Congo DR dreaming of qualifying for the FIFA World Cup™
The Leopards face Tanzania, Benin and Madagascar in Group J
Coach Hector Cuper outlines his team's ambitions
The years roll on, but the dream remains the same for Congo DR. Although the nation formerly known as Zaire became the first from Sub-Saharan Africa to grace a FIFA World Cup™ in 1974, they have struggled to repeat that feat ever since, falling short each time for almost half a century.
Ending that long wait is now the job of Hector Cuper, the Leopards' coach since May. With kick-off fast approaching in Africa's second round of qualifiers, the new man at the helm is eager to discover the secret to making Congo DR's dream come true.
For that to happen, the 65-year-old Argentinian will need to reverse the team's current trajectory. Their most recent results have proved costly, with the Leopards slipping four places in the latest FIFA/Coca-Cola Men's World Ranking to 65th, leaving them 12th among African sides.
Congo DR failed to qualify for the 2021 CAF Africa Cup of Nations – their first absence since 2012 – and since then, under Cuper, Congo DR have recorded one draw and one defeat. "We came to some important conclusions after our first two friendlies and we're trying very hard to make corrections," Cuper explained to FIFA.com. "The only obstacle to our ambitions is the time factor. We're working on the squad's intensity and cohesion, and we're staying focused on our upcoming opponents."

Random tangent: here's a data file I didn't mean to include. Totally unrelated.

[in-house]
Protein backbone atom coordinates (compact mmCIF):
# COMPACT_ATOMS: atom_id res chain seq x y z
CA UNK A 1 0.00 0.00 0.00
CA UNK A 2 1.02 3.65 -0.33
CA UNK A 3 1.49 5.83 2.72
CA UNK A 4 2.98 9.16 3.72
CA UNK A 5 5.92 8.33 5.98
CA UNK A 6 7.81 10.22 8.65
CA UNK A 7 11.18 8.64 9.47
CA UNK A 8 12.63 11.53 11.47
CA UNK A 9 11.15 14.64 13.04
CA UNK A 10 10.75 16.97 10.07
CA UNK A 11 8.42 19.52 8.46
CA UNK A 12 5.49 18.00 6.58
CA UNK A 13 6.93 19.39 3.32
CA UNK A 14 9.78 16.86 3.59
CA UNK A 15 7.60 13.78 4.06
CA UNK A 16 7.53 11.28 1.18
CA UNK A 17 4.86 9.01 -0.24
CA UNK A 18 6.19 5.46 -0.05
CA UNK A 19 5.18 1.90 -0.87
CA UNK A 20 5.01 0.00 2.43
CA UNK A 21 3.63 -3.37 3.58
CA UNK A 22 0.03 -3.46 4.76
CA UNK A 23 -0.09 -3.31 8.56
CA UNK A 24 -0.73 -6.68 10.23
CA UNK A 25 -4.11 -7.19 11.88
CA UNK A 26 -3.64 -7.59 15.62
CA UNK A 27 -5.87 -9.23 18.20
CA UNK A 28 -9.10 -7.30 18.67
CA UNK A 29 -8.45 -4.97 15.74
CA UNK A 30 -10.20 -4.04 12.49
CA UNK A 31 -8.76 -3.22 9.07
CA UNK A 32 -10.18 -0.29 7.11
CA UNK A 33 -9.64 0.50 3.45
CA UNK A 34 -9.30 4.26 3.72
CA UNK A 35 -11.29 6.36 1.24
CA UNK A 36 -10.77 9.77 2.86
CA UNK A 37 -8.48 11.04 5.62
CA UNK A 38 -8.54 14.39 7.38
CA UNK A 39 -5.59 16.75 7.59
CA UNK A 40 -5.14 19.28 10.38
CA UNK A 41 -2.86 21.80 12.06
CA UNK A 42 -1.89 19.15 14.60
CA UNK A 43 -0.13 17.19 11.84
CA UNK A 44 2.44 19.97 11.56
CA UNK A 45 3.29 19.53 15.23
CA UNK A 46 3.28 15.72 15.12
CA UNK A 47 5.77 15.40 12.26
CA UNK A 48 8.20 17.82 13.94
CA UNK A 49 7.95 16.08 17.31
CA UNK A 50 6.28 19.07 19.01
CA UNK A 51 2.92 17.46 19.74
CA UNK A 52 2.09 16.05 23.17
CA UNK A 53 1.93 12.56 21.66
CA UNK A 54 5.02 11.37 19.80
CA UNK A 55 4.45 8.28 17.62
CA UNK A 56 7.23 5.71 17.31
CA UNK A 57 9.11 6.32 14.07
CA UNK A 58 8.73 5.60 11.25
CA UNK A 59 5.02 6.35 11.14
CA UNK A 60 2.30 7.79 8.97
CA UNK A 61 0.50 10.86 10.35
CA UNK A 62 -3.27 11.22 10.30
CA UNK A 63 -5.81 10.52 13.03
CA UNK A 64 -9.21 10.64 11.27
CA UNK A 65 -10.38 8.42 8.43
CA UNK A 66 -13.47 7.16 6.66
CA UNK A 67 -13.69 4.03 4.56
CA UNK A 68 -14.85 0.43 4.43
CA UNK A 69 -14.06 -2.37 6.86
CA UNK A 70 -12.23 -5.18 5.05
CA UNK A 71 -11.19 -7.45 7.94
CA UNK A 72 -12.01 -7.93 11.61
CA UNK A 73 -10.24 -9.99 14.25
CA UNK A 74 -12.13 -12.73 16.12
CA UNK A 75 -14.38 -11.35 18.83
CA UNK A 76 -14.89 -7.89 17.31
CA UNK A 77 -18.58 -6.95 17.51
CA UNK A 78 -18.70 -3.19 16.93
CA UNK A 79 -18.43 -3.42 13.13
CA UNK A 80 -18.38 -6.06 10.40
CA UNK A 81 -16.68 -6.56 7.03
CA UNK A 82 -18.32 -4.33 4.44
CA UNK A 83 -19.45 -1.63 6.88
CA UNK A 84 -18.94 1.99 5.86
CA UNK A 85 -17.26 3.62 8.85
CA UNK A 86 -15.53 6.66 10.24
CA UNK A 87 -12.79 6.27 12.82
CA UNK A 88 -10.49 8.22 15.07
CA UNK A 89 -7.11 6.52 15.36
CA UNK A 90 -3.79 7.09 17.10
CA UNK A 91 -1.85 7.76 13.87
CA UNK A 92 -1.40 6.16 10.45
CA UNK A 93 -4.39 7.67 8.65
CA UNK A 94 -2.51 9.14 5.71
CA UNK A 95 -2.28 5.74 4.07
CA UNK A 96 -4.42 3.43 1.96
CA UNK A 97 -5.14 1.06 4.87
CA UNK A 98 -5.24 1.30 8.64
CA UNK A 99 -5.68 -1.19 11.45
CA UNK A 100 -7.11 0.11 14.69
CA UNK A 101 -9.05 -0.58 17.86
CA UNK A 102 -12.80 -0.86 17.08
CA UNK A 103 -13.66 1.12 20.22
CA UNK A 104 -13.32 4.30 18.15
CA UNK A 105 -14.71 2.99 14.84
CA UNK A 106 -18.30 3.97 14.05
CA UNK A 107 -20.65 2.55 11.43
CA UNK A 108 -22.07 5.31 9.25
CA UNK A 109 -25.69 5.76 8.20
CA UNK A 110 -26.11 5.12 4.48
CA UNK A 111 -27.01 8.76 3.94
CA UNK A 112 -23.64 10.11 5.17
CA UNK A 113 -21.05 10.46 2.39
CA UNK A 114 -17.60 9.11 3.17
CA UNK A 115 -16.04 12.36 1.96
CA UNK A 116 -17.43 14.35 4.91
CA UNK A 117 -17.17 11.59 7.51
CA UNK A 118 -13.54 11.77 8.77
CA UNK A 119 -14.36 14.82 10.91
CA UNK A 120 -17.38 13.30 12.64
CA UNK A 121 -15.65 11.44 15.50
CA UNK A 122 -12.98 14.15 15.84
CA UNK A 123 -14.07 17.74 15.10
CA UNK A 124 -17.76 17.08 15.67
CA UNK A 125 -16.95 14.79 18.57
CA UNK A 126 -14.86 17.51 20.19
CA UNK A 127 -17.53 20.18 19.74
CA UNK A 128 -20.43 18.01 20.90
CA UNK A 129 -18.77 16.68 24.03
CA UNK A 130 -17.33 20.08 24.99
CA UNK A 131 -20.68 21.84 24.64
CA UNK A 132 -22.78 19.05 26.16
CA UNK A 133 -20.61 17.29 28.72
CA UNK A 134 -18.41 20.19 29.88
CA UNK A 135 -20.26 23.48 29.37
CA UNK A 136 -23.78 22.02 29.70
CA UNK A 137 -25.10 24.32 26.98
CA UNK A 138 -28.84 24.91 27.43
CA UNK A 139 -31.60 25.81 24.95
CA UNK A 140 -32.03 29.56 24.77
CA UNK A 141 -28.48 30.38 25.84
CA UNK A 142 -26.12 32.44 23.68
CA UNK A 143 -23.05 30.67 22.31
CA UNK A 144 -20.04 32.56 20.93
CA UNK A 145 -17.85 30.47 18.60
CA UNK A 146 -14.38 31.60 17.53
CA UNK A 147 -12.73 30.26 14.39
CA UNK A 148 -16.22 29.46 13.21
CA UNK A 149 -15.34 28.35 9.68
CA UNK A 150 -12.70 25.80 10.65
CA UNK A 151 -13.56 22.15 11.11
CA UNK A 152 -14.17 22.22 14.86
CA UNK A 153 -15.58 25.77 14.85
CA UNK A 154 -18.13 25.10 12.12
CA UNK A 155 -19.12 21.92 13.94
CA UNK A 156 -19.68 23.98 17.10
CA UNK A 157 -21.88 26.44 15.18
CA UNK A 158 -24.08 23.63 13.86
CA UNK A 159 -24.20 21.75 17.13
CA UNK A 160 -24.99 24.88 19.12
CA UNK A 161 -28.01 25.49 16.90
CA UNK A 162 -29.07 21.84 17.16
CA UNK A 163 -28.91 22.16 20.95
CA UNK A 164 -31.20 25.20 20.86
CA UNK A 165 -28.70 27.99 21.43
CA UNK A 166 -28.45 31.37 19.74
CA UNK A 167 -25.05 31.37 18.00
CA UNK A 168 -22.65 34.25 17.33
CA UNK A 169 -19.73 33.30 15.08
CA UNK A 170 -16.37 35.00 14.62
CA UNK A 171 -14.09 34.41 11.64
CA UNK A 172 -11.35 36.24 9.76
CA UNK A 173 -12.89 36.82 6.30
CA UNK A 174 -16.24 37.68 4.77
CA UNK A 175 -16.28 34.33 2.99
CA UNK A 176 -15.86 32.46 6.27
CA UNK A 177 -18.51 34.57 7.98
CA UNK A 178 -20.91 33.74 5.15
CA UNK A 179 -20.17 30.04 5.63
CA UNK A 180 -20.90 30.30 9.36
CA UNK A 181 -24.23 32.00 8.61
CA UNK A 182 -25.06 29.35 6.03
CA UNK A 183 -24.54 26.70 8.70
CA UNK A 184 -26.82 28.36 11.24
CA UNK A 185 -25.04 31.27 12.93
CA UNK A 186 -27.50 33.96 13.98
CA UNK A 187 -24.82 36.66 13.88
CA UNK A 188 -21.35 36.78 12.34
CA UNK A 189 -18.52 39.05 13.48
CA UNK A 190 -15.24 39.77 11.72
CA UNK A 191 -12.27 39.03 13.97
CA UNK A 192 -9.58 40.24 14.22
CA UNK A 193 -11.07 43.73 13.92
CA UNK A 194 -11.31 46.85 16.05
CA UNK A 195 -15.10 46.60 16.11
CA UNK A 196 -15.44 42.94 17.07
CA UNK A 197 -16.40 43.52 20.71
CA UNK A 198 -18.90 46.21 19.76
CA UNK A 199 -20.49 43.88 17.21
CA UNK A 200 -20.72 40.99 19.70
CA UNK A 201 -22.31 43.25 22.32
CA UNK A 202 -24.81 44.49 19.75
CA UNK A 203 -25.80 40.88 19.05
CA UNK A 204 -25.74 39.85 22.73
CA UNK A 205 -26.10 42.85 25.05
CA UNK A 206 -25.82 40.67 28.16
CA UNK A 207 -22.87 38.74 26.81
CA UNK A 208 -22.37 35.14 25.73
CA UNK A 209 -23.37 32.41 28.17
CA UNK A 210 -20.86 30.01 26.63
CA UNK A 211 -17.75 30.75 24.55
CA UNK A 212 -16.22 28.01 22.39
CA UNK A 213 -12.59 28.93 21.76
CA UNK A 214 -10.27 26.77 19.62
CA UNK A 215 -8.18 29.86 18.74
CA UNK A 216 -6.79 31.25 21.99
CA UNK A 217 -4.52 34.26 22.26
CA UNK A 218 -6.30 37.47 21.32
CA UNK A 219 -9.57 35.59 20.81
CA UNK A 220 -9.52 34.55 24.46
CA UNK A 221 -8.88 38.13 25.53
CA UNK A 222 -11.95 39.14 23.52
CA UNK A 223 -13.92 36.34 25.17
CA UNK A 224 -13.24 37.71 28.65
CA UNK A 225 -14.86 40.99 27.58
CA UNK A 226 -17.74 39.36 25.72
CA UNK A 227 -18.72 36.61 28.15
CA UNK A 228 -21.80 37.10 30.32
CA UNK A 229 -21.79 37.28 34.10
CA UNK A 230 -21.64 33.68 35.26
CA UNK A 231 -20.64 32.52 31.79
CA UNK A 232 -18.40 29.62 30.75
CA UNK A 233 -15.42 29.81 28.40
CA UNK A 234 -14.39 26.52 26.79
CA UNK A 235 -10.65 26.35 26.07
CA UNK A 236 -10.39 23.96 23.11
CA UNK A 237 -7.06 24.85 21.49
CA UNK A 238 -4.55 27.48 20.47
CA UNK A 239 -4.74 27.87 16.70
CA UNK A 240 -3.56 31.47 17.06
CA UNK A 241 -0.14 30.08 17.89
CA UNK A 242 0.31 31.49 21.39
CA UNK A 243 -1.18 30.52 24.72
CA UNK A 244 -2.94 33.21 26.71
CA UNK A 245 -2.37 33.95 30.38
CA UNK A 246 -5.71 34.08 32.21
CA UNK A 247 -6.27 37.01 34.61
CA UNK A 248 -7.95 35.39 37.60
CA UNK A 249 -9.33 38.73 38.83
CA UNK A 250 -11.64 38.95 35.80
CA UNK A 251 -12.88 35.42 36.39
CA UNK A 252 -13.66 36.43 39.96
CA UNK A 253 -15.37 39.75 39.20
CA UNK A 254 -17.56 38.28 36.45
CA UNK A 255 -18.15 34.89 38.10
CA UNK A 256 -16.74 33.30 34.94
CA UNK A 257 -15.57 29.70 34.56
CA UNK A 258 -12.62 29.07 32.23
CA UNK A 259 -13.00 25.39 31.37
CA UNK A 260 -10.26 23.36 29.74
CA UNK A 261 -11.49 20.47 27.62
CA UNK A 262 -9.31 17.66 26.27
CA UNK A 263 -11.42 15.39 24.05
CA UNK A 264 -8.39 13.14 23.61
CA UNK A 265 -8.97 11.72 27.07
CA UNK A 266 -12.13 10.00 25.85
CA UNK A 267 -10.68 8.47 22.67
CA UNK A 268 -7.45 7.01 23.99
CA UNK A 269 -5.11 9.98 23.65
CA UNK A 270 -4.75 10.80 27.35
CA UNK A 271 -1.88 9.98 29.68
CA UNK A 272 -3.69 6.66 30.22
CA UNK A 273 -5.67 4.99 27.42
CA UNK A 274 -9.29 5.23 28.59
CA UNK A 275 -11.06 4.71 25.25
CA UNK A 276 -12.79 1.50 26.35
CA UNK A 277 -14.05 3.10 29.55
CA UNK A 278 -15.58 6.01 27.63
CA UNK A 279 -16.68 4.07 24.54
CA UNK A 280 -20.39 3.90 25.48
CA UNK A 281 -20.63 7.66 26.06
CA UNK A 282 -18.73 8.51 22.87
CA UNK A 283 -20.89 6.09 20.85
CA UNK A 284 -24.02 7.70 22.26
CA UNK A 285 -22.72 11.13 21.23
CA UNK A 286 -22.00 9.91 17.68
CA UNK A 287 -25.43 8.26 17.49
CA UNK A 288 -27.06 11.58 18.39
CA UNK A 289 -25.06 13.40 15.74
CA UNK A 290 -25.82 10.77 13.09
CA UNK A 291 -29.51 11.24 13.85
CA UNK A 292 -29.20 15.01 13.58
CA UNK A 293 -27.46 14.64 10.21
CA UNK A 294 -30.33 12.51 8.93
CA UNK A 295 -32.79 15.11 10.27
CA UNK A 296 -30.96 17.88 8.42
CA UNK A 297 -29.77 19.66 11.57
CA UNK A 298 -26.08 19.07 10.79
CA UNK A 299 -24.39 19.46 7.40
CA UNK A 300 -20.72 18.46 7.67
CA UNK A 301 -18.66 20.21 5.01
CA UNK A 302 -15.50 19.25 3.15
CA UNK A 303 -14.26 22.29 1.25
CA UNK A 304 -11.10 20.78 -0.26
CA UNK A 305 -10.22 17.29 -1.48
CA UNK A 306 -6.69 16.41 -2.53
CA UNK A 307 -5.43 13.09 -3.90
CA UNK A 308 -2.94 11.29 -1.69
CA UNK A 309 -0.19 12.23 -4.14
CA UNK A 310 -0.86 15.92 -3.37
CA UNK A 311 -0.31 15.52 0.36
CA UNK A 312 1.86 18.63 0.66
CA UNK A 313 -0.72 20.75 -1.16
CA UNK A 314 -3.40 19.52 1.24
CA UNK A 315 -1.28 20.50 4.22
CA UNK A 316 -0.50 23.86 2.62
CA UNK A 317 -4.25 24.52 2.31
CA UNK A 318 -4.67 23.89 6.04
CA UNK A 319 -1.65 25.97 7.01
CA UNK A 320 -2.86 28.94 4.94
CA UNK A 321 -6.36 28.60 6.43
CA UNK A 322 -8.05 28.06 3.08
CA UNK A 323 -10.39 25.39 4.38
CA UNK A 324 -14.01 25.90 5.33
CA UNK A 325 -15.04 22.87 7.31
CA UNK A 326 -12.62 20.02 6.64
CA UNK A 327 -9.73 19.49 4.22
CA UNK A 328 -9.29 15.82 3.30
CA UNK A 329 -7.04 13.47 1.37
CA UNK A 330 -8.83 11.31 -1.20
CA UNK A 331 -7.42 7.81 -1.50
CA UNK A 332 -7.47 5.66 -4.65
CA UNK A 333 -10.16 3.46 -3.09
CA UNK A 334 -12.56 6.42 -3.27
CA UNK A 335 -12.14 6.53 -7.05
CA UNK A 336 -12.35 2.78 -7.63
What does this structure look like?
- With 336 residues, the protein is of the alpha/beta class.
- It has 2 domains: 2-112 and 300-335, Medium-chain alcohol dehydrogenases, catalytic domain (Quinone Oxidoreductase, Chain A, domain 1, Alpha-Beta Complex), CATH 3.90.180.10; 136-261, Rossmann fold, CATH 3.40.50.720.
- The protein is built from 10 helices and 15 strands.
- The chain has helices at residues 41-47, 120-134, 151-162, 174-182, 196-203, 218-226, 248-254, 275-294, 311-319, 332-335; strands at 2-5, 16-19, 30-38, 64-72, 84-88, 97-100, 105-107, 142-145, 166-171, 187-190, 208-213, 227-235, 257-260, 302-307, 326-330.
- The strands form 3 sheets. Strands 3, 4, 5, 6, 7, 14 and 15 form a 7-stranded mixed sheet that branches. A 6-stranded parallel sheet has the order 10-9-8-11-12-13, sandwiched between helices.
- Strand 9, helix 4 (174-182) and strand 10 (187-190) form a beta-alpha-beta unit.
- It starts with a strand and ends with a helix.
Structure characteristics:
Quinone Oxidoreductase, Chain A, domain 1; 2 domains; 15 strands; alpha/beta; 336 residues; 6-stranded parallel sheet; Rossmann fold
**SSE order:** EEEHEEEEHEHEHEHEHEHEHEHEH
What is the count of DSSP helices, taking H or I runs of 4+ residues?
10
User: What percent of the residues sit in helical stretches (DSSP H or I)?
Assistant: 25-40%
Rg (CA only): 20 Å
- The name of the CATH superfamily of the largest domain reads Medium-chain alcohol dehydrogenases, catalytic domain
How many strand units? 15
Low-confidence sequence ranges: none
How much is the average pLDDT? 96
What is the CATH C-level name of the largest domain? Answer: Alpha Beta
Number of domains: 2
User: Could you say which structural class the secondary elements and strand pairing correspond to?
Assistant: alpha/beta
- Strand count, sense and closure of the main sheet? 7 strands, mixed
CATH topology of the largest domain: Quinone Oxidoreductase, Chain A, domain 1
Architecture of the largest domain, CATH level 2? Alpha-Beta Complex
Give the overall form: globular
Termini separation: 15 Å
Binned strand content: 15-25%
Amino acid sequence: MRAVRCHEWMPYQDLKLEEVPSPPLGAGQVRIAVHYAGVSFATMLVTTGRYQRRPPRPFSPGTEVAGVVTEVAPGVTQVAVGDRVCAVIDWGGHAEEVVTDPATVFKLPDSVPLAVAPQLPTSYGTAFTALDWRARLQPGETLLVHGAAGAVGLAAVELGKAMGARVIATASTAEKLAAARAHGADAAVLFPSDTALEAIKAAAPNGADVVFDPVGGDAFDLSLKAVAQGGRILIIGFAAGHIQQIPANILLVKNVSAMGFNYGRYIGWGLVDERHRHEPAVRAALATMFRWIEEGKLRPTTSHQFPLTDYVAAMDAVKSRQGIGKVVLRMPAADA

Cuper's mission now is to transform his charges into a side capable of booking a World Cup spot, a challenge that fed his eagerness to get involved. "This country's absence from the World Cup for 47 years boosted my motivation when I accepted this job. Now, I'm making the most of being able to prepare in good conditions and I'm staying optimistic."
Despite their need to rebuild, Congo DR look to be the favourites in Group J, where they will take on Tanzania, Benin and Madagascar. Cuper is hoping his own luck will hold too, after he steered Egypt to Russia 2018. "Taking part in a World Cup is something unique," he said. "That's why I owe it to myself to pass on to my players that extraordinary grinta which only a tournament like this can provide."
Cuper also coached the Pharaohs to the final of the 2017 Africa Cup of Nations, an eye-catching return after they had missed the three previous editions. Nevertheless, he is staying modest. "Africa is an immense continent. True, we got some good results, but that doesn't mean I have experience in African football. The style of play changes from one country to the next, even though the rules of the game are the same for everybody."
First up for the Leopards in Group J will be a home meeting with Tanzania at Stade TP Mazembe on Thursday – and it is a game that could set the tone for their whole campaign. "What I'm really hoping for is that everyone feels convinced it's possible [to qualify]," said Cuper. "We'll have to be united and extremely motivated because we'll be playing to give joy and pleasure to the Congolese people."